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Feeding Five Thousand
a sermon based on Matthew 14:13-21
by Rev. Frank Schaefer

The first thing we may note about this familiar story is that the miracle of the feeding does not happen without human cooperation. The disciples come to Jesus after the crowd spent three days with Jesus in the wilderness and say something like: listen teacher, we might risk a law suit if someone might drop dead from going without food. We need to send them home.

And Jesus says: “no, no, that's alright, you give um something to eat!” I can see Peter now, turning to the other disciples: "O.k. has a head-count lately?" There are 5,000 men not even counting the women and children." But Jesus tells them to take what they have--5 loaves of bread and two fish--and after blessing and breaking it, tells the disciples to give it to the people.

Notice, no miracle has happened yet. Nothing has happened yet. Jesus didn't multiply the food in front of them. The bread didn't just--boom--turn into giant loaves, in honey-I-blew-up-the-kid fashion. I can see Peter again: "o for Heaven’s sakes, this is embarrassing. So, the first 15 people get a piece of food, and 4,985 will have to look on as those 15 gobble up the food. Now Jesus has really done it!" But they pass it on, and those who break of a piece of bread and fish pass the basket on to the next person, and so on.

And strangely, the food never runs out. I believe that in the story of the feeding of 5,000 is hidden a spiritual treasure for us to discover and to benefit from. You and I, all of us here symbolize the 5,000. And we are called to do something, to share something to make this spiritual principle work.

What does it mean for us to participate in the miracle of the feeding? Whatever it looks like, it certainly doesn't mean that the only person doing something in the church are the ordained clergy.

I don't know whether this story is true or not, but I once heard about a pastor...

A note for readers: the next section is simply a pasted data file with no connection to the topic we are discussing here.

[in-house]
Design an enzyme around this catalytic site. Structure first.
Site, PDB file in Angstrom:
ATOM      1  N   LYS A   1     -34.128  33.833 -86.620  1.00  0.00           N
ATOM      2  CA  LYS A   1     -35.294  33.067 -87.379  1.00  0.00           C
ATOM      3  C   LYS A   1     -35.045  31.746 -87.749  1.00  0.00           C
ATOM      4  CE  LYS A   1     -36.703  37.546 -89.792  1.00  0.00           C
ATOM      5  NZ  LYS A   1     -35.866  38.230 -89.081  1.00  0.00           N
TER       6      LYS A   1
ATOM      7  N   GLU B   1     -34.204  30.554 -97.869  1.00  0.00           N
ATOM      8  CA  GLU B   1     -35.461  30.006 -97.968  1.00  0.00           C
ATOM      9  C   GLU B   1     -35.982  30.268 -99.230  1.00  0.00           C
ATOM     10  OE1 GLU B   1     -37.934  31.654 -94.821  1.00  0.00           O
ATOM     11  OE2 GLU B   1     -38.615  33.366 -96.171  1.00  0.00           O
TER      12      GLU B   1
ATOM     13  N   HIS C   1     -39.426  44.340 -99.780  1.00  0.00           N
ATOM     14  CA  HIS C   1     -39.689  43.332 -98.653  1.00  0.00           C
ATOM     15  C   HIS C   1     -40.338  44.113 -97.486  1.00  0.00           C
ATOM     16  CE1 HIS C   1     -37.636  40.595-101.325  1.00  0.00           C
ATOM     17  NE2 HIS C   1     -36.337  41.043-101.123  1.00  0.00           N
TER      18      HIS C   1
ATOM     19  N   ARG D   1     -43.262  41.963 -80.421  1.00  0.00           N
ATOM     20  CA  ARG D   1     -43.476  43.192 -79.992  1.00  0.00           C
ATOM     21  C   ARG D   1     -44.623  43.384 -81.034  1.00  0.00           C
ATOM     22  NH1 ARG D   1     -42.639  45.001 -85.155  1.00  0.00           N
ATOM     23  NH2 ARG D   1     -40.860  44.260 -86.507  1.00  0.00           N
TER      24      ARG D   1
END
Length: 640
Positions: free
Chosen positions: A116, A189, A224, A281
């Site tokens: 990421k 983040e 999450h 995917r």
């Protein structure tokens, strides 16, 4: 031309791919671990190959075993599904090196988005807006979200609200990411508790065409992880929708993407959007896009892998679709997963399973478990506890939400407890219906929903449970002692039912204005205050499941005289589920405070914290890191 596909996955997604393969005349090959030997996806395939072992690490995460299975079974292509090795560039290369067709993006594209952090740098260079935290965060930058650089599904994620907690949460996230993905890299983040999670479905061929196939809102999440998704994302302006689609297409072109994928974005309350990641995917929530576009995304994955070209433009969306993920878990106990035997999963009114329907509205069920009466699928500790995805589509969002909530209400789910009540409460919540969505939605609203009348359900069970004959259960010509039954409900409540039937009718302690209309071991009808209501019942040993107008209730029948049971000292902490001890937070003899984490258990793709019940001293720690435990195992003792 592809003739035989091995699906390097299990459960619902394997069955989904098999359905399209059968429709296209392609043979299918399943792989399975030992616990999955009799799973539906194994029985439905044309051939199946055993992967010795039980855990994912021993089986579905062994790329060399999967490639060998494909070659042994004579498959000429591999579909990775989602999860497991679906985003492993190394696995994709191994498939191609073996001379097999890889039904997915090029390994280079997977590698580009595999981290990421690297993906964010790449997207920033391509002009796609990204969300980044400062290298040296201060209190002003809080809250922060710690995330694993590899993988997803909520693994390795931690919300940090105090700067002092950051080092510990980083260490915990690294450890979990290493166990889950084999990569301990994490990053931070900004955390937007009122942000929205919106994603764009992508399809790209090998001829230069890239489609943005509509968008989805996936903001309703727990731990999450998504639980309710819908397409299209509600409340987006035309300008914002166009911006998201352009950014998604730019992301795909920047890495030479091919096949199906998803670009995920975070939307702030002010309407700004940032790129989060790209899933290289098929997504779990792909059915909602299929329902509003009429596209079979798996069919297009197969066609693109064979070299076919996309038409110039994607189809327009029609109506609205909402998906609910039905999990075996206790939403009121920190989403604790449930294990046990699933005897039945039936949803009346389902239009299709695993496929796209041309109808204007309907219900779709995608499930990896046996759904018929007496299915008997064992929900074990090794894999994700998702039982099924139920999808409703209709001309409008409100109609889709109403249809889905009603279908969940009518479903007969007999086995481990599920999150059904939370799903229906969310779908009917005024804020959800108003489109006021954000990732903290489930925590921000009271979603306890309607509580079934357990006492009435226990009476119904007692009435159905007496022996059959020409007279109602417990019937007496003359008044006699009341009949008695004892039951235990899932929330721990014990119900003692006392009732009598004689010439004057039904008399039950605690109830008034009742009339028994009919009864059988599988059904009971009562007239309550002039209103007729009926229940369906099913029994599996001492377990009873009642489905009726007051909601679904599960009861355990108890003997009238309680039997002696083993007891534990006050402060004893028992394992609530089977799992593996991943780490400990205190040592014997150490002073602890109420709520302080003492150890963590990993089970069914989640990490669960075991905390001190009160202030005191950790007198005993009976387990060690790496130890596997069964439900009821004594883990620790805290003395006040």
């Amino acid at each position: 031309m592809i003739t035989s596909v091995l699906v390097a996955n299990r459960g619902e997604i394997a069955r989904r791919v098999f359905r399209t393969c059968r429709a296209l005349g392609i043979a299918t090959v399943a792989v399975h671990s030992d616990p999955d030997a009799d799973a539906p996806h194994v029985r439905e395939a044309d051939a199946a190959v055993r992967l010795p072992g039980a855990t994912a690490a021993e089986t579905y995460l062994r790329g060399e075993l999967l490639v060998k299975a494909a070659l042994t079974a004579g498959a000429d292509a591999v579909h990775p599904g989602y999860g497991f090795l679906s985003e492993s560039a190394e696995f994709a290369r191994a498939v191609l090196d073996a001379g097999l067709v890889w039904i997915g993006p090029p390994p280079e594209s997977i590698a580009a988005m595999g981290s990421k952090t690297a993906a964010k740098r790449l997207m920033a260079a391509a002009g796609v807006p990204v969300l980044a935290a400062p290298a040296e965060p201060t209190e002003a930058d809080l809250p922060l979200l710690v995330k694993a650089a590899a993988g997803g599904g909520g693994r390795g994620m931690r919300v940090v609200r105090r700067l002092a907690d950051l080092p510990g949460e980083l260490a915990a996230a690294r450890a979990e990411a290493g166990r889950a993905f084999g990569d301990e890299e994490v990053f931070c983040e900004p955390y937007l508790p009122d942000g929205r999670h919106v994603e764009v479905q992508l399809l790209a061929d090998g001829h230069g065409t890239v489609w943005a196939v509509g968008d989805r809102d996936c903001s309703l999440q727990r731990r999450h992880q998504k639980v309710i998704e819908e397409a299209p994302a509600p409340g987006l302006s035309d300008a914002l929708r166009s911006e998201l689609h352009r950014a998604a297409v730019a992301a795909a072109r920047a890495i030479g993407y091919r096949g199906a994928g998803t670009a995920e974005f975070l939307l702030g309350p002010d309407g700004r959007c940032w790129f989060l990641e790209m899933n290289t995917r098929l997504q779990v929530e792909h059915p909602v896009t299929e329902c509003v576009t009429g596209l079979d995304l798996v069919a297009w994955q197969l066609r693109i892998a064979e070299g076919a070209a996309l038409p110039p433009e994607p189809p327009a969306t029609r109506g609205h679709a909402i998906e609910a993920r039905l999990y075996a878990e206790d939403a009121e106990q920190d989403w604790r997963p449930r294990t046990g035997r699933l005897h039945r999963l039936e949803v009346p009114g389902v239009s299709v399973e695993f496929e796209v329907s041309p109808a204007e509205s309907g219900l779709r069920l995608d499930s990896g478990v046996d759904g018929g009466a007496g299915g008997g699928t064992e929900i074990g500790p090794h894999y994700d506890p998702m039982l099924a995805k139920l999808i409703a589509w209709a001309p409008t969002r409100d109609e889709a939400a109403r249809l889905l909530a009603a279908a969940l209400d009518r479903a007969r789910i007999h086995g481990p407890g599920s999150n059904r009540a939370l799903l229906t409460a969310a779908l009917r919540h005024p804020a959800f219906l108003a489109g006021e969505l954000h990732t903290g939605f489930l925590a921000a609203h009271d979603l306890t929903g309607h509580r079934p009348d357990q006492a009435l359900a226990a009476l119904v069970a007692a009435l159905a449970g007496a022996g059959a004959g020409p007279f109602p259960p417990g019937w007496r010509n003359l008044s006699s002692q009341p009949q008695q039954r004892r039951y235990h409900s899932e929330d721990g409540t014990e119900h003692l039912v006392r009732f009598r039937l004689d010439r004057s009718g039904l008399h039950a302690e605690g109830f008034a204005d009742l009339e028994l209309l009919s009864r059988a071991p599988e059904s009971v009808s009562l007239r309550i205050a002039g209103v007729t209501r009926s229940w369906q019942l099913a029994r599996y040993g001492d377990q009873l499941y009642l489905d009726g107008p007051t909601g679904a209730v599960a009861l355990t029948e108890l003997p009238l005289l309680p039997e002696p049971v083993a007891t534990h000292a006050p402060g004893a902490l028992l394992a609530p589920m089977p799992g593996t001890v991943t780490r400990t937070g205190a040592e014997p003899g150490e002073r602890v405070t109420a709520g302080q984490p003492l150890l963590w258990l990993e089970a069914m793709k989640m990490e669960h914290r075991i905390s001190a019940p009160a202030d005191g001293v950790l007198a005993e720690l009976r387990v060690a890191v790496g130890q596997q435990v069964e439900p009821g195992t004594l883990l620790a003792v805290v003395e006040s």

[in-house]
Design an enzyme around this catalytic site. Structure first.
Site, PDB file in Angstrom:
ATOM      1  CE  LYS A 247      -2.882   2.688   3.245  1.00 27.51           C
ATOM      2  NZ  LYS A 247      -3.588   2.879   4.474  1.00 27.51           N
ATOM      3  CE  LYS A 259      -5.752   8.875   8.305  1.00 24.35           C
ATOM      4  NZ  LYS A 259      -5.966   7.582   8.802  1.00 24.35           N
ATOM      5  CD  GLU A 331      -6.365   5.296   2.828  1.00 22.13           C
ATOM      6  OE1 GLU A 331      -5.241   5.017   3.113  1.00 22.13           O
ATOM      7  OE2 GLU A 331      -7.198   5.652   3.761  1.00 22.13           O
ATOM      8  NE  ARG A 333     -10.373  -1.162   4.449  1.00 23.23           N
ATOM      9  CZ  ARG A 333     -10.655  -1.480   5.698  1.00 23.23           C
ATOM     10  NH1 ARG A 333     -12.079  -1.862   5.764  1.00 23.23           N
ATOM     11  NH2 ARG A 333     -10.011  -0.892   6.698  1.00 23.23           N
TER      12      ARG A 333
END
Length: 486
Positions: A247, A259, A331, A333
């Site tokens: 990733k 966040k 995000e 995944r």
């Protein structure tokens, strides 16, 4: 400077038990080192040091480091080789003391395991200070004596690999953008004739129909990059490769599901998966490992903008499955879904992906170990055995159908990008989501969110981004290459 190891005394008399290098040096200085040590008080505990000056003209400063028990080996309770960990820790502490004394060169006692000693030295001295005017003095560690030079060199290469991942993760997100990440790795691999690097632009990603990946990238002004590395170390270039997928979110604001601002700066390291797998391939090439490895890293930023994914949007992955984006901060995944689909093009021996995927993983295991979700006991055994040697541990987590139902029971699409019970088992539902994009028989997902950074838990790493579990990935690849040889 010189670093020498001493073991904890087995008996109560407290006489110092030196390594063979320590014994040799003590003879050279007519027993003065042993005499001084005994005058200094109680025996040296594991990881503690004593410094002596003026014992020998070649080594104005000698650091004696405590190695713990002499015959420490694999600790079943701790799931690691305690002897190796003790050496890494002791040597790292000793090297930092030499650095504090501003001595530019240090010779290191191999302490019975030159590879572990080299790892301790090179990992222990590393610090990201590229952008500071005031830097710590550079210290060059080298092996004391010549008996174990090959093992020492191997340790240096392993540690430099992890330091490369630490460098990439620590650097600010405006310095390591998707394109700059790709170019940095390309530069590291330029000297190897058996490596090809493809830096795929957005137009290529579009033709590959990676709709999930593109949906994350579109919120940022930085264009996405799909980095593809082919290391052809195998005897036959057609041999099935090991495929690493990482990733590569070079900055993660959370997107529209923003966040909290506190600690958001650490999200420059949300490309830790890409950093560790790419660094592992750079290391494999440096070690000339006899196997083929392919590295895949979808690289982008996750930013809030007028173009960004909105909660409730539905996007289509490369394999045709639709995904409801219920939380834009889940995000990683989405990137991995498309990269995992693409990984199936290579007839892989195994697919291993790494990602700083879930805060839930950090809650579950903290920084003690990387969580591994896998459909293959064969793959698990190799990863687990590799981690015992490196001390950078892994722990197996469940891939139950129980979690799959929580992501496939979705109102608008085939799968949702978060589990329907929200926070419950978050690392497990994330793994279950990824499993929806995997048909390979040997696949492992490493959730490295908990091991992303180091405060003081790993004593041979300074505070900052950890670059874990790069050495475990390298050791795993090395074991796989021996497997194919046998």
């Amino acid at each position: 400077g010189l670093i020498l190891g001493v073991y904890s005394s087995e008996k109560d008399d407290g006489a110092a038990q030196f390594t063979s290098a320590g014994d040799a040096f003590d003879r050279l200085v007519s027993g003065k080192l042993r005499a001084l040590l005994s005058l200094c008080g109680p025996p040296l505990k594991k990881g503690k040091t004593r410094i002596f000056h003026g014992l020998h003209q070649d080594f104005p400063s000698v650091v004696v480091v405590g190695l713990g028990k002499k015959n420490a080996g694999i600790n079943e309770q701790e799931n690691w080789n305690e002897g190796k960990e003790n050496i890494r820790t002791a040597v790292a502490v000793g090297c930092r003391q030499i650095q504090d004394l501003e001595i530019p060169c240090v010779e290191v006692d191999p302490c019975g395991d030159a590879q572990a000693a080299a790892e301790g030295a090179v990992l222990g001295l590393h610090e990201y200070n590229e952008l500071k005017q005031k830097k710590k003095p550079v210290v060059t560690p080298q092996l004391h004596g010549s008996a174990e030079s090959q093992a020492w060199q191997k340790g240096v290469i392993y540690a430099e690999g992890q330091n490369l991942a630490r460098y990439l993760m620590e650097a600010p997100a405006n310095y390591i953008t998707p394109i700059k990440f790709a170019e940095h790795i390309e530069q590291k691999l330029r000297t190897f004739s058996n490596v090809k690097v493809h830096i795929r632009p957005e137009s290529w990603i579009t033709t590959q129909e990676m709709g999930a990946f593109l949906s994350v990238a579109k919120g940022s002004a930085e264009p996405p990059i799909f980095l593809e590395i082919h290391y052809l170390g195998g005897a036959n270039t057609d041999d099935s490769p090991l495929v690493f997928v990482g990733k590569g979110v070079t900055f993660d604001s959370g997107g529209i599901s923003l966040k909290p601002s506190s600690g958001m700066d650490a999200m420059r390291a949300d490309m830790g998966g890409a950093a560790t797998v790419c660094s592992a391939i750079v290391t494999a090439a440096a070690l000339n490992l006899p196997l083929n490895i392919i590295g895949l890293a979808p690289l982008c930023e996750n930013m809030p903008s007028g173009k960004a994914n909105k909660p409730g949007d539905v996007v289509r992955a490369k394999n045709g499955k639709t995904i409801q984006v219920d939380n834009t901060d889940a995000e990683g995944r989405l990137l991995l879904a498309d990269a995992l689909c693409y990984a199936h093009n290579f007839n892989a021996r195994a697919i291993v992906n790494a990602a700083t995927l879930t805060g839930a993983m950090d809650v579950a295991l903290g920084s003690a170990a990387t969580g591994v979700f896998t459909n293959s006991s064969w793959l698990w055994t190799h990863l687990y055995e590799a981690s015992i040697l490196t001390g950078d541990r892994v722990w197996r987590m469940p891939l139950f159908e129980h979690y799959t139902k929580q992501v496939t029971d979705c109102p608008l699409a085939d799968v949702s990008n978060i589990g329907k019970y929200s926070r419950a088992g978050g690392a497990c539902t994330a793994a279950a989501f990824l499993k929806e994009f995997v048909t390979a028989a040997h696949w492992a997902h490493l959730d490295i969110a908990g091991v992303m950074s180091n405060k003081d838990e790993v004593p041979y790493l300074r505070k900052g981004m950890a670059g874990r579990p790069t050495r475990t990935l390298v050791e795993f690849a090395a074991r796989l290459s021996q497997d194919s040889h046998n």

who was very rigid about keeping an appointment at 10 AM each morning. If he was in a meeting, he would excuse himself, get in his car and drive off. This appeared very suspicious to the congregation and they decided to investigate. No, the secretary didn't know what he was up to. His wife didn't know. His best friend didn't know. So, the elders decided to stake him out. They followed him out of town to where he parked his car and entered a woods. When they caught up to him, he was standing by a train track as the train was passing by. He was shouting and cheering at the top of his lungs. He was pumping his fists into the air. Then the train passed and the elders came up to him and said -- "What on earth are you doing here?" And he answered, "I can't help it. I just get so excited when I see something is moving and I'm not the one pushing it!"

The point of the Feeding of the 5,000 is that we are all called to share in the work of God that will usher in a revival of grandest magnitudes. And it also takes more than a few committed people in any congregation. If we rely on the same few people to pray and to go forward to minister, we will see the few faithful ones burn out in a hurry!

Everybody is called to share their talents and resources just as we have received them from God. It takes the whole congregation--the whole body of Christ. The feeding of 5,000, just like any revival, is no instant miracle, it's no ready-made miracle. But to me, it's the greatest miracle of all.

All of us are invited to share in it as we are able to. Paul tells us in the Epistle to the Corinthians that all of us have been given a spiritual gift. Some of us may have received the gift of prophecy, or the ability to discern the voice of the Holy Spirit, to call sin sin, and to call people to repentance, others may have received the gift of encouragement, still others the gift of healing.

Sometimes, this gift lies dormant in us. Sometimes we need to discover that gift; and sometimes we may need to rediscover it. But it is there in every one of us. And once we start using these gifts of the Holy Spirit here at church, and start sharing them, we will be surprised. We’ll find that after all have been fe, after we had seconds and thirds, we will discover "there are still leftovers." Plenty for all to be fed: our family members, our friends, our colleagues at work, our people at home and our entire neighborhood. The miracle of the Feeding can happen among us again, if we’d only start to share what God has given us. Amen.